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Eur J Pharmacol. 1996 Feb 22;297(3):257-63.

Role of nitric oxide and prostaglandins in lipopolysaccharide-induced increase in vascular permeability in mouse skin.

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Department of Pharmacology, Tokyo Women's Medical College, Japan.


To examine the possible role of increased vascular permeability in the circulatory shock induced by endotoxin (lipopolysaccharide), we examined whether lipopolysaccharide elicits plasma extravasation in the skin of ddY strain mice. We also studied whether nitric oxide (NO) and prostaglandins may mediate the lipopolysaccharide-induced increase in vascular permeability. Subcutaneous injection of lipopolysaccharide (100-400 micrograms/site) induced a dose-related and delayed increase in vascular permeability at the injection site as determined by the leakage of pontamine sky blue. Concurrent administration of aminoguanidine (a putative inducible NO synthase inhibitor) (10 mg/kg, i.v.) inhibited the lipopolysaccharide (400 micrograms/site)-induced dye leakage by 71%. N(G)-Nitro-L-arginine methyl ester (an inhibitor for both constitutive and inducible NO synthase) (10 and 20 mg/kg, i.v.) inhibited the lipopolysaccharide-induced dye leakage by 36% and 54%, respectively, whereas the inactive enantiomer, N(G)-nitro-D-arginine methyl ester (10 mg/kg, i.v.), had no effect. Pretreatment with an intraperitoneal injection of dexamethasone (500 micrograms/kg) or indomethacin (a cyclooxygenase-1 and -2 inhibitor) (5 mg/kg) almost completely inhibited the response induced by lipopolysaccharide, by 96% and 84%, respectively. [N-(2-Cyclohexyloxy-4-nitrophenyl) methanesulphonamide (a cyclooxygenase-2-specific inhibitor) (0.01-1 mg/kg, i.p.) also induced a dose-related inhibition of dye leakage elicited by lipopolysaccharide: 38% and 80% suppression at the doses of 0.1 and 1 mg/kg, respectively. Cycloheximide (a protein biosynthesis inhibitor) (35 mg/kg, s.c.) suppressed the effect of lipopolysaccharide by 74%. These results suggest that the increase in vascular permeability induced by lipopolysaccharide is mediated by both NO and prostaglandins and that synthesis of inducible NO synthase and cyclooxygenase-2 may be involved in this effect of lipopolysaccharide.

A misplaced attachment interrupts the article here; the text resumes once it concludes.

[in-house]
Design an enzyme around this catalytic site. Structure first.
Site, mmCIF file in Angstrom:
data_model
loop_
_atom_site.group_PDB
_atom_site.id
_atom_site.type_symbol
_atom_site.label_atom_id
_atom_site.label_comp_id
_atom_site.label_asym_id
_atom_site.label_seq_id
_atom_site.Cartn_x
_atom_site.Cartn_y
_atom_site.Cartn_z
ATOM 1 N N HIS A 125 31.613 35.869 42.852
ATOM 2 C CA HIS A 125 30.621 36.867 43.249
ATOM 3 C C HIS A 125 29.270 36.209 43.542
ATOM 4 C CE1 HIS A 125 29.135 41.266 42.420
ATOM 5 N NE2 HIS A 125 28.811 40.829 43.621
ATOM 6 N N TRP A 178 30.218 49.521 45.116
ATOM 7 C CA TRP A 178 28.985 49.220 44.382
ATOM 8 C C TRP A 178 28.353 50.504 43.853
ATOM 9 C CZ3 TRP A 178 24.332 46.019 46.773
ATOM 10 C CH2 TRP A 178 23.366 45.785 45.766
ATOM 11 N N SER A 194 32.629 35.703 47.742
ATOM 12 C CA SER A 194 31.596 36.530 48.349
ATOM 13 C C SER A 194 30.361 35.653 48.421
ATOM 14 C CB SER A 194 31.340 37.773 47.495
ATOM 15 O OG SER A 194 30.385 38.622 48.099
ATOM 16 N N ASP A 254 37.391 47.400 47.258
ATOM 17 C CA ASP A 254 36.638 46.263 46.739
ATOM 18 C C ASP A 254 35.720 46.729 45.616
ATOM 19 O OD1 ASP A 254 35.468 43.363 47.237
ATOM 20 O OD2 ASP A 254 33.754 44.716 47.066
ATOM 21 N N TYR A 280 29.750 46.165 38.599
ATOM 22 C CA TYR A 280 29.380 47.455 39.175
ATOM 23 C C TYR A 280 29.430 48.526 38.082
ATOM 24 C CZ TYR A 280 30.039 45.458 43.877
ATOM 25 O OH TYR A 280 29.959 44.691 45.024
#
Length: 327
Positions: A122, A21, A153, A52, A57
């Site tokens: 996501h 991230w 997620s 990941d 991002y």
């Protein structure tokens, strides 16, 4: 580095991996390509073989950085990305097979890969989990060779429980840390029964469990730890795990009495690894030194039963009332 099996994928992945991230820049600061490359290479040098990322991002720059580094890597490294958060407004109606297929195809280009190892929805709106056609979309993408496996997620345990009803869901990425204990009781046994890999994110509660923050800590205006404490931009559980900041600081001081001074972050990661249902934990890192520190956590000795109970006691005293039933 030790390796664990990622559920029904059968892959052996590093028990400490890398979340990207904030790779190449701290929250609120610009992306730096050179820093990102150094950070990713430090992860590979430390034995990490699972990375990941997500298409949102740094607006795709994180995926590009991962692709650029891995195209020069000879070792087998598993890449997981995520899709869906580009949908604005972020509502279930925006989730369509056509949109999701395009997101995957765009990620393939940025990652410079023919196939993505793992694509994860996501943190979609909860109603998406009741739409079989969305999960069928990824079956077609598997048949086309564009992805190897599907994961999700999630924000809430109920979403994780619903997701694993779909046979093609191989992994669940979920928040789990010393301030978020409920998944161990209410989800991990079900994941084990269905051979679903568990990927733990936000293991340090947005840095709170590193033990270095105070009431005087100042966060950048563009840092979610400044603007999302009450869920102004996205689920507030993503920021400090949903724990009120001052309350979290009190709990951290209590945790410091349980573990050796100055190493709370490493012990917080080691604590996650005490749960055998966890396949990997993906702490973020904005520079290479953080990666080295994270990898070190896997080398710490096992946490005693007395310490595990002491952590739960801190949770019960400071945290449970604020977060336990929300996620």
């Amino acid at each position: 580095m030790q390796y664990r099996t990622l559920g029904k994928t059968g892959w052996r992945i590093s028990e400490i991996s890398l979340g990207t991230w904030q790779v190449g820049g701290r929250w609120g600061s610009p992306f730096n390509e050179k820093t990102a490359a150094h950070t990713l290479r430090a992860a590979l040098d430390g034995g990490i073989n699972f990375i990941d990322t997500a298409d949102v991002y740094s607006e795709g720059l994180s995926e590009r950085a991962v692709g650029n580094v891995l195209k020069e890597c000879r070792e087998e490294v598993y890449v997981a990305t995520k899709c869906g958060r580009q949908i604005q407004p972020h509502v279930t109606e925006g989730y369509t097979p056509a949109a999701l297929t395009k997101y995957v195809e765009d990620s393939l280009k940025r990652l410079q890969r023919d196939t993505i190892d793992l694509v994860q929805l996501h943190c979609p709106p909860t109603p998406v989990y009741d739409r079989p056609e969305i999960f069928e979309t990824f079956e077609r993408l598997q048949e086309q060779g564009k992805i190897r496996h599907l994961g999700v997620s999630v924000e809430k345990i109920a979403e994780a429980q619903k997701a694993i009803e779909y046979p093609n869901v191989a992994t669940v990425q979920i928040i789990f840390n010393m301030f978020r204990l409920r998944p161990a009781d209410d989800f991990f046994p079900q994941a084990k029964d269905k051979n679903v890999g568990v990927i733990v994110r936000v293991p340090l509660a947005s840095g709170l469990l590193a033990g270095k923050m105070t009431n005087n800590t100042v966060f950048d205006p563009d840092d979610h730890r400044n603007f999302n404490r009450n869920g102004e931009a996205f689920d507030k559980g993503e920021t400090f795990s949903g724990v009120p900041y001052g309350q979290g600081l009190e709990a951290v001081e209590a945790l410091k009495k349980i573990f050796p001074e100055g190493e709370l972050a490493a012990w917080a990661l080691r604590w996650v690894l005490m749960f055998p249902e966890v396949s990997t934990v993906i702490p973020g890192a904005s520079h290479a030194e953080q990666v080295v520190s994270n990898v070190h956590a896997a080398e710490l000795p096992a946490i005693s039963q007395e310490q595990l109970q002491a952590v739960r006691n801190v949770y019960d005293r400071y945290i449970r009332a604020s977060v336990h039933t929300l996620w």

[Indexed for MEDLINE]

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